Abstract Terrorising Terrorists – The jus ad bellum of drone operations in Pakistan by Tobias Ruettershoff

Over the last decade, Unmanned Aerial Vehicles (UAVs), or ‘drones’, have become the United States’ (U.S.) preferred military tool for fighting al Qaeda and other terrorist groups, used in all major military conflicts and crisis regions of the world, such as Iraq, Libya, Somalia and Yemen, yet mostly in the Afghanistan-Pakistan region. Although their use as a military tool is only part of a wider, highly emotional debate about the use of force against non-state actors across national borders, global attention has focused on such operations. After denying for many years that these attacks do take place, the U.S. administration has recently admitted to conduct such operations, defending them as a legal and legitimate response to terrorist threats. The chapter finds that amidst the heated discussion about the use of drones, it is often forgotten or misunderstood in which ways the state can react to transnational terrorism.

In the first step of the analysis, it is discussed whether the laws of war can be applied to the transnational fight against terrorism or if it has to be seen under human rights law, which would put much stronger restraints on the use of force. It is argued that the law-enforcement paradigm is very difficult in dealing with terrorist threats originating from areas which are no longer under government control. On the one hand, law-enforcement agencies of the victim state are often unable to operate in foreign countries. On the other hand, if the host government attempts to use law-enforcement measures, the backlash from the militants is more likely to create more of a quagmire than if a concerted and limited military action, such as a drone attack, were taken. Therefore, it is the most sensible option to assess the drone strikes is under the laws of armed conflict and not human rights law, as it is too domestic in nature to apply to the fight against international terrorism and does not allow appropriate means.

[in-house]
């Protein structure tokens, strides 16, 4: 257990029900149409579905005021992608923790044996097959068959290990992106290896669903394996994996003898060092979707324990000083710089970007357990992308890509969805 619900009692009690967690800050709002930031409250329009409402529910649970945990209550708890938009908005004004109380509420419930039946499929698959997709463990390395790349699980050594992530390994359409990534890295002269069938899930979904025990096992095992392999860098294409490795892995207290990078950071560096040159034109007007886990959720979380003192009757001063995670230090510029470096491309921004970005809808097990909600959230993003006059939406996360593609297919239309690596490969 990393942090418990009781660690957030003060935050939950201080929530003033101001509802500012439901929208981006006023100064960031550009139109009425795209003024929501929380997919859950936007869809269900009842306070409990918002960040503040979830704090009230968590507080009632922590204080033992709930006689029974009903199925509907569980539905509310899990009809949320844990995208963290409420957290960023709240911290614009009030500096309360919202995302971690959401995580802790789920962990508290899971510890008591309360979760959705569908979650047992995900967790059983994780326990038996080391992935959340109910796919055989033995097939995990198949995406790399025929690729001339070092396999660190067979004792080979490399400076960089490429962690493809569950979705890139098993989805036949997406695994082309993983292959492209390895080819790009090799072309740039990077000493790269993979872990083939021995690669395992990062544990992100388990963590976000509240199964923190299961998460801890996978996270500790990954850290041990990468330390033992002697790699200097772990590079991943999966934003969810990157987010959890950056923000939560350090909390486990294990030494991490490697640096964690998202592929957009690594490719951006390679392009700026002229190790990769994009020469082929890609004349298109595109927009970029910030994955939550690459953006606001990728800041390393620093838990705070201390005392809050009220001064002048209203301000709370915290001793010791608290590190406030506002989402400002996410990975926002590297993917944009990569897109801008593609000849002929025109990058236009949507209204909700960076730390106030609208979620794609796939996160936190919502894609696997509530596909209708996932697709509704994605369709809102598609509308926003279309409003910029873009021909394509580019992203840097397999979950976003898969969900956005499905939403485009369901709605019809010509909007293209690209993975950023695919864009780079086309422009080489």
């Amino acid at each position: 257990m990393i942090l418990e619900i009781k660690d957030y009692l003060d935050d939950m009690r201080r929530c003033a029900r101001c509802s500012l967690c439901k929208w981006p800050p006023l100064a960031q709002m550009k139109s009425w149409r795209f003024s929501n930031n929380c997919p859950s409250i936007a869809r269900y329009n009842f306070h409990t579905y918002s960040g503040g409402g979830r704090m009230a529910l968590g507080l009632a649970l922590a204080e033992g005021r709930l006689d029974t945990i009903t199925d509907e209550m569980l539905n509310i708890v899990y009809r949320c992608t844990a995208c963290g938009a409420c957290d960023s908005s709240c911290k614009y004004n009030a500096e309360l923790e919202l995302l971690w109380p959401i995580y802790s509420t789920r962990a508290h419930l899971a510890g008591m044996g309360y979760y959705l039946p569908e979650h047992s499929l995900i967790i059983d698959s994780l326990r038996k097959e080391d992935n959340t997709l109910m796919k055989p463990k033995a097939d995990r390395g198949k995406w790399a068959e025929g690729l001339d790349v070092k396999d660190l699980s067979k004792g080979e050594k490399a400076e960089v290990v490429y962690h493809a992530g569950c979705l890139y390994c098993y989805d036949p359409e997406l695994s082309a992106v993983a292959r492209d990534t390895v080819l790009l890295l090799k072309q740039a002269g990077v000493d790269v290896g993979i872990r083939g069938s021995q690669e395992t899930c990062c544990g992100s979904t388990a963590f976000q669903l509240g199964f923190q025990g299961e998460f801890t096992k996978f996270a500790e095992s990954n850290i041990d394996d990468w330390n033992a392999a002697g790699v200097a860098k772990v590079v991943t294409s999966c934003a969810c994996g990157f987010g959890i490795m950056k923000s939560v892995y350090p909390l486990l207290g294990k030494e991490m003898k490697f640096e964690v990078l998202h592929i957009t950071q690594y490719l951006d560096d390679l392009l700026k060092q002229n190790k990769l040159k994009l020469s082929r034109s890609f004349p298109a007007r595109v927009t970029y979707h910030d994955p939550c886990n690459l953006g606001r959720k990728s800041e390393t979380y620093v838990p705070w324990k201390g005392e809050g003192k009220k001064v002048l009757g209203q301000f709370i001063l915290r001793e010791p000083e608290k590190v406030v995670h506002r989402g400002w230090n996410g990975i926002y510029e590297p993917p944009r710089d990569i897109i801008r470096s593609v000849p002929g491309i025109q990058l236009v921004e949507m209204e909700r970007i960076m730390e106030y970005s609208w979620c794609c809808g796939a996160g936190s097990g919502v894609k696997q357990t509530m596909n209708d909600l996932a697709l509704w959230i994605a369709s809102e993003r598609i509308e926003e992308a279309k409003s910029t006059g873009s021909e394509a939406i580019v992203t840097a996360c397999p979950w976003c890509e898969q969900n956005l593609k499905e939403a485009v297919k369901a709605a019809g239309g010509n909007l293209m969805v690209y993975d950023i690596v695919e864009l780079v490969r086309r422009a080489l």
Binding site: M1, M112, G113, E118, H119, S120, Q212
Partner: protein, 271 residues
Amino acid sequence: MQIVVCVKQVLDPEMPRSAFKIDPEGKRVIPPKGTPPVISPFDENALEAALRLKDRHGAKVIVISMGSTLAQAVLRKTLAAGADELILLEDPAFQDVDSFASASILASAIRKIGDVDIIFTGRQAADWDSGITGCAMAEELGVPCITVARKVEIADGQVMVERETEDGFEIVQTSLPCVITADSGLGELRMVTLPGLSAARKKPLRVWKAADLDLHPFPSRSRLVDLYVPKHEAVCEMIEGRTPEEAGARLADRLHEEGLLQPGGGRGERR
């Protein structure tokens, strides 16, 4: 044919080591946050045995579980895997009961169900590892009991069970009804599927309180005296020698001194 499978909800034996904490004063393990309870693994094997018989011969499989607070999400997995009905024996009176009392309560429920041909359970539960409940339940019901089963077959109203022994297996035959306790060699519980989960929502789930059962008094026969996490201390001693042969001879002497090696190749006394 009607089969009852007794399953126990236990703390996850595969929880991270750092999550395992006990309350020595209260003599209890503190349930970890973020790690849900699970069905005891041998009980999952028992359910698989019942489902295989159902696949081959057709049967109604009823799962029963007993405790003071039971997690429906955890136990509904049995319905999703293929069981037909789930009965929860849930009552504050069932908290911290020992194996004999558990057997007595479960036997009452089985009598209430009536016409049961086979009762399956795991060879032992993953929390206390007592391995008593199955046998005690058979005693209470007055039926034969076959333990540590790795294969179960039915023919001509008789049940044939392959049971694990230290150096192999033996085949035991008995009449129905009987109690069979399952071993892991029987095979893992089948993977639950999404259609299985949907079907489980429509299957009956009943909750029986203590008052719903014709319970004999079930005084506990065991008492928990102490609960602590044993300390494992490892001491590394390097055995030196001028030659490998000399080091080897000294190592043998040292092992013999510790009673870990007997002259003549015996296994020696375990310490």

This raises important questions about the violation of Pakistan’s sovereignty, as Article 2 (4) of the UN Charta prohibits the “use of force against the territorial integrity or political independence of any State”. An exception to this prohibition is Article 51, which allows self-defence against an armed attack, yet it is not clear whether any action of self-defence has to be in response to an armed attack imputable by another state. In the traditional interpretation of the ICJ and customary international law, Article 51 does not warrant a right to self-defence against non-state actors, unless they are imputable to another state. Yet, as it is argued in the chapter, in recent years there has been change. Article 51 is now more and more interpreted in the way that states must be able to defend themselves against terrorist threats, hence allowing transnational use of force against terrorists. However, to limit risk of abuse against Article 2 (4), the strict rules of customary law need to be applied. These are the principles of immediacy, necessity, and proportionality.

Applied to the cross-border use of drones by the U.S. military against terrorists based in Pakistan, the chapter maintains that the overwhelming majority of U.S. incursions into Pakistani territory are illegal under international law because they do not meet these strict constraints of customary international law. However, targeted killings are not per se illegal, if the United States can prove – in each individual case – that an operation meets the requirements.

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